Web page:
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United States narrowly nationalistic?

Daniel Sneider San Jose Mercury News

Consider this improbable scenario: the Hewlett-Packard corporation announces it is appointing a Chinese electronics entrepreneur to replace Carly Fiorina as its new chief executive office. At the introductory press conference, his remarks have to be translated from Chinese because he doesn’t speak English.

My guess is that the reaction in Silicon Valley and in the United States would be one of shock and, in some camps, outright hostility. Voices would be raised about the foreign takeover of a leader of American innovation.

Yet when Sony, probably the most widely known Japanese technology firm around the world, announced last week that a foreigner would run the company, it drew barely a shrug in Tokyo.

Americans like to think of themselves as being far more open to change, certainly more global in their outlook than island-bound Japan. American multinational corporations stride the globe, the corporate accompaniment to the unparalleled military and strategic domination of the United States.

But the Sony case suggests that the United States may be more insular, perhaps even more narrowly nationalistic, than Japan these days, and that Americans are even more resistant to the winds of globalization than the blue-suited Tokyo salarymen who have long been derided as the paragons of conformity.

Some may say this is an unfair comparison. After all, Sony does about 70 percent of its business outside of Japan. The new CEO is Howard Stringer, a Welsh-American who heads Sony’s U.S. music and film operations. Sony has always been a maverick, far more willing to take risks than staid electronic rivals such as Matsushita, the parent of Panasonic.

But HP is no less global in its business dealings than Sony. Last year almost two-thirds of its sales were outside the United States, and its foreign sales over the past two years have grown at twice the rate of its domestic sales. From production plants in Shanghai to labs in Bangalore and Tokyo, its operations are spread across the globe. Yet its board of directors is composed entirely of Americans.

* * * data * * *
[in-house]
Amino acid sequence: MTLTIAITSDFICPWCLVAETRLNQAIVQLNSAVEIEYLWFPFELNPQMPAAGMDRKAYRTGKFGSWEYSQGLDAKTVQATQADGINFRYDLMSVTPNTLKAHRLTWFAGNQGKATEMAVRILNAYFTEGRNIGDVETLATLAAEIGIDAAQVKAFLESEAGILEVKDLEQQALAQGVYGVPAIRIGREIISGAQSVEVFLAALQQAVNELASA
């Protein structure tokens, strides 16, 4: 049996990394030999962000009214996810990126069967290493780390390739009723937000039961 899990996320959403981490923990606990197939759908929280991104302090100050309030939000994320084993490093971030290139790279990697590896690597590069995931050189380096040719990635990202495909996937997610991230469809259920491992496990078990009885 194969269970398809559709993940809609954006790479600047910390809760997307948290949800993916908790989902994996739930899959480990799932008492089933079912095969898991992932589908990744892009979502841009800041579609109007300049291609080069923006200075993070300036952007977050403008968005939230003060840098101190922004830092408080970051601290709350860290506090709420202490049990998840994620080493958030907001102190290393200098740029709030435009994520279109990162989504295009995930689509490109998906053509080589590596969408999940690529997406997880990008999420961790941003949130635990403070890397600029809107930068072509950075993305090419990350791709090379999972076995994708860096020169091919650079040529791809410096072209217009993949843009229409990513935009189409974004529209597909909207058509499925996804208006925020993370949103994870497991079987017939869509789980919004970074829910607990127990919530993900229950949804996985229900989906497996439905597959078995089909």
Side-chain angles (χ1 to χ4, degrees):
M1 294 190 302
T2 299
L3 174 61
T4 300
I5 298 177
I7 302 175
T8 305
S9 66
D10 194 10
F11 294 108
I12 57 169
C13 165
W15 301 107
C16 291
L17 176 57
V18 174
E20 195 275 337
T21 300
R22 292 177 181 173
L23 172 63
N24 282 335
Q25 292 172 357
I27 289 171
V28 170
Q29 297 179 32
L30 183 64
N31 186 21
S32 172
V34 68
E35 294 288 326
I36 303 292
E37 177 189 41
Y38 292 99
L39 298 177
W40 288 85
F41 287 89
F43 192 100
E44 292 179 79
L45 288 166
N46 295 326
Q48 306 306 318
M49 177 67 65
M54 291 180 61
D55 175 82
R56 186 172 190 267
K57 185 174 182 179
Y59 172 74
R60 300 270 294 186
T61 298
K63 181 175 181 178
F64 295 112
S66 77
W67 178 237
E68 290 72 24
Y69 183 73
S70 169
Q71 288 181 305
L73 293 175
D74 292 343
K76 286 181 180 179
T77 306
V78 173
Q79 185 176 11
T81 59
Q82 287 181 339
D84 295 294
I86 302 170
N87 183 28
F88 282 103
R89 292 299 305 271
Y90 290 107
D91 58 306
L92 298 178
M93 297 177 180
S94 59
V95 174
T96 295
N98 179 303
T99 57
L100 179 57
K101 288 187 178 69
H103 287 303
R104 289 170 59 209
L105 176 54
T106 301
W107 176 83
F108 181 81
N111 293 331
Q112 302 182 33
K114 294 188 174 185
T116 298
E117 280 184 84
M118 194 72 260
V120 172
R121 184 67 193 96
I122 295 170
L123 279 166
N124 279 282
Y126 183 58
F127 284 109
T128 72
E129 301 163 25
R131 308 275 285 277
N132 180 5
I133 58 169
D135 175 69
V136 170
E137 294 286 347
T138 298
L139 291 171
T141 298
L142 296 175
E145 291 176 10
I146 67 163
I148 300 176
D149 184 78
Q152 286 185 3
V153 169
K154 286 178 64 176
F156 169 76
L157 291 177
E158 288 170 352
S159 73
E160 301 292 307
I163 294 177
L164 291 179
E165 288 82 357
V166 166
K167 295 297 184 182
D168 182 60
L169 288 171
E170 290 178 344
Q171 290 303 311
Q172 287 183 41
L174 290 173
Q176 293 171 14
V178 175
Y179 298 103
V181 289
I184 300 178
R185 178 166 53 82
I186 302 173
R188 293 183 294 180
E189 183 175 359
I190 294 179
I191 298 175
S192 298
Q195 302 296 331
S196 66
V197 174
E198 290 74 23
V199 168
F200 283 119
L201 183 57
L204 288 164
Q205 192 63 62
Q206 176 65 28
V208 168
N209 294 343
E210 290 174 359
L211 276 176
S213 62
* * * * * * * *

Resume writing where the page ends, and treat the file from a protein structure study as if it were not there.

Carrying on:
In contrast, Sony was among the first Japanese firms to bring outsiders, and foreigners, onto its board, including Peter Peterson, the head of the private equity firm Blackstone Group. Board meetings are conducted in English.

Of course, many Silicon Valley firms have a strong foreign presence in their leadership. And Sony has always been more global in its outlook and in its management style than most Japanese firms, even those with large overseas sales and operations.

But the idea of a foreigner at the head of a Japanese firm is hardly unprecedented. Sony’s board, for example, includes Carlos Ghosn, a Brazilian-born Frenchman, who has become a superstar in Japan for turning around the Japanese automaker Nissan.

Much of this is the product of necessity. The bursting of Japan’s speculative bubble in 1990 and the years of stagnation that followed made the Japanese more ready to open their doors. Firms such as Nissan were in deep trouble and were pushed by foreign partners. Sony is facing huge competitive challenges in its core businesses.

There is still plenty of resistance to foreign takeover of Japanese firms and markets. Foreign direct investment in Japan has increased significantly, but it is still tiny by international standards.

Prime Minister Junichiro Koizumi says he wants to double foreign investment in Japan and backed a plan to let overseas firms buy Japanese companies by swapping shares, a common practice elsewhere. But members of the conservative ruling Liberal Democratic Party, representing some Japanese corporate interests, are moving to block the passage of a law to allow this.

Still, more and more Japanese share the feelings of a young man who was asked for his opinion about Sony’s shift in leadership.

“We no longer have a problem with a foreigner having power over a Japanese company,” he told a Japanese newspaper. “When a company needs help, I don’t think it matters who you are or where you are from.”

And if Stringer succeeds, Sony will have proven it still deserves its reputation as a vanguard of the future in Japan.

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